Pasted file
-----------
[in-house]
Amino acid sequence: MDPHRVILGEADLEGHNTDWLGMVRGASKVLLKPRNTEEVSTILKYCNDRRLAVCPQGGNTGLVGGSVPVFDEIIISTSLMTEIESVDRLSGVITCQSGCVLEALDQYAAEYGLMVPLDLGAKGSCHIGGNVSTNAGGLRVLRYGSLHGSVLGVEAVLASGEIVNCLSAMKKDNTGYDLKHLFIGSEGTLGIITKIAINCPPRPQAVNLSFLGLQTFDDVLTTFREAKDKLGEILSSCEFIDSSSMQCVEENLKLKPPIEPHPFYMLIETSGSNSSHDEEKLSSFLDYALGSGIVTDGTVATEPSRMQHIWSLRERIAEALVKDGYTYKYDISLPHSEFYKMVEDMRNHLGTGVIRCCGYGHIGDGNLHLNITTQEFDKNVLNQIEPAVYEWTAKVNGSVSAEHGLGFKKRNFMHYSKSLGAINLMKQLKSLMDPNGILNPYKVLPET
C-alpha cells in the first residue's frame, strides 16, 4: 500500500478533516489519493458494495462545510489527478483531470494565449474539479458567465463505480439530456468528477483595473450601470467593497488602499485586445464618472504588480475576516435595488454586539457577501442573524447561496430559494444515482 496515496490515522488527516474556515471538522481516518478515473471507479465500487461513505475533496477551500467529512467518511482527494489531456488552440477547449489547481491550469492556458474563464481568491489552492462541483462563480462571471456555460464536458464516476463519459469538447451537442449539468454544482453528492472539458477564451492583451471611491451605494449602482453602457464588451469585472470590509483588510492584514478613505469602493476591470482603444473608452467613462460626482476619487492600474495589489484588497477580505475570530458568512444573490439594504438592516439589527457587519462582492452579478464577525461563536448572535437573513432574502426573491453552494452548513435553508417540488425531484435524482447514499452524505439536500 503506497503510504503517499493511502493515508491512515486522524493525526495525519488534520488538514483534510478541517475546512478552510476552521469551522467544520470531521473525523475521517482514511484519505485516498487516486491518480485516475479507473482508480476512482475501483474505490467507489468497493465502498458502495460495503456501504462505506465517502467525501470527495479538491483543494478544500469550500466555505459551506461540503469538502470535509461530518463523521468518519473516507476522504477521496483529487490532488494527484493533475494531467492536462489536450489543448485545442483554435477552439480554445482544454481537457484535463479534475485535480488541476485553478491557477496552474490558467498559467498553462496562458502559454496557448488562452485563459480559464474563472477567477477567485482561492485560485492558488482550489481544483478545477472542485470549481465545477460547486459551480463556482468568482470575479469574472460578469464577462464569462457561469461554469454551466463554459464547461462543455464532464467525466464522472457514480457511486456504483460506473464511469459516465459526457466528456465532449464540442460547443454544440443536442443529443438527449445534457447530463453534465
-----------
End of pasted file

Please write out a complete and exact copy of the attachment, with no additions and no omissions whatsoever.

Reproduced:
[in-house]
Amino acid sequence: MDPHRVILGEADLEGHNTDWLGMVRGASKVLLKPRNTEEVSTILKYCNDRRLAVCPQGGNTGLVGGSVPVFDEIIISTSLMTEIESVDRLSGVITCQSGCVLEALDQYAAEYGLMVPLDLGAKGSCHIGGNVSTNAGGLRVLRYGSLHGSVLGVEAVLASGEIVNCLSAMKKDNTGYDLKHLFIGSEGTLGIITKIAINCPPRPQAVNLSFLGLQTFDDVLTTFREAKDKLGEILSSCEFIDSSSMQCVEENLKLKPPIEPHPFYMLIETSGSNSSHDEEKLSSFLDYALGSGIVTDGTVATEPSRMQHIWSLRERIAEALVKDGYTYKYDISLPHSEFYKMVEDMRNHLGTGVIRCCGYGHIGDGNLHLNITTQEFDKNVLNQIEPAVYEWTAKVNGSVSAEHGLGFKKRNFMHYSKSLGAINLMKQLKSLMDPNGILNPYKVLPET
C-alpha cells in the first residue's frame, strides 16, 4: 500500500478533516489519493458494495462545510489527478483531470494565449474539479458567465463505480439530456468528477483595473450601470467593497488602499485586445464618472504588480475576516435595488454586539457577501442573524447561496430559494444515482 496515496490515522488527516474556515471538522481516518478515473471507479465500487461513505475533496477551500467529512467518511482527494489531456488552440477547449489547481491550469492556458474563464481568491489552492462541483462563480462571471456555460464536458464516476463519459469538447451537442449539468454544482453528492472539458477564451492583451471611491451605494449602482453602457464588451469585472470590509483588510492584514478613505469602493476591470482603444473608452467613462460626482476619487492600474495589489484588497477580505475570530458568512444573490439594504438592516439589527457587519462582492452579478464577525461563536448572535437573513432574502426573491453552494452548513435553508417540488425531484435524482447514499452524505439536500 503506497503510504503517499493511502493515508491512515486522524493525526495525519488534520488538514483534510478541517475546512478552510476552521469551522467544520470531521473525523475521517482514511484519505485516498487516486491518480485516475479507473482508480476512482475501483474505490467507489468497493465502498458502495460495503456501504462505506465517502467525501470527495479538491483543494478544500469550500466555505459551506461540503469538502470535509461530518463523521468518519473516507476522504477521496483529487490532488494527484493533475494531467492536462489536450489543448485545442483554435477552439480554445482544454481537457484535463479534475485535480488541476485553478491557477496552474490558467498559467498553462496562458502559454496557448488562452485563459480559464474563472477567477477567485482561492485560485492558488482550489481544483478545477472542485470549481465545477460547486459551480463556482468568482470575479469574472460578469464577462464569462457561469461554469454551466463554459464547461462543455464532464467525466464522472457514480457511486456504483460506473464511469459516465459526457466528456465532449464540442460547443454544440443536442443529443438527449445534457447530463453534465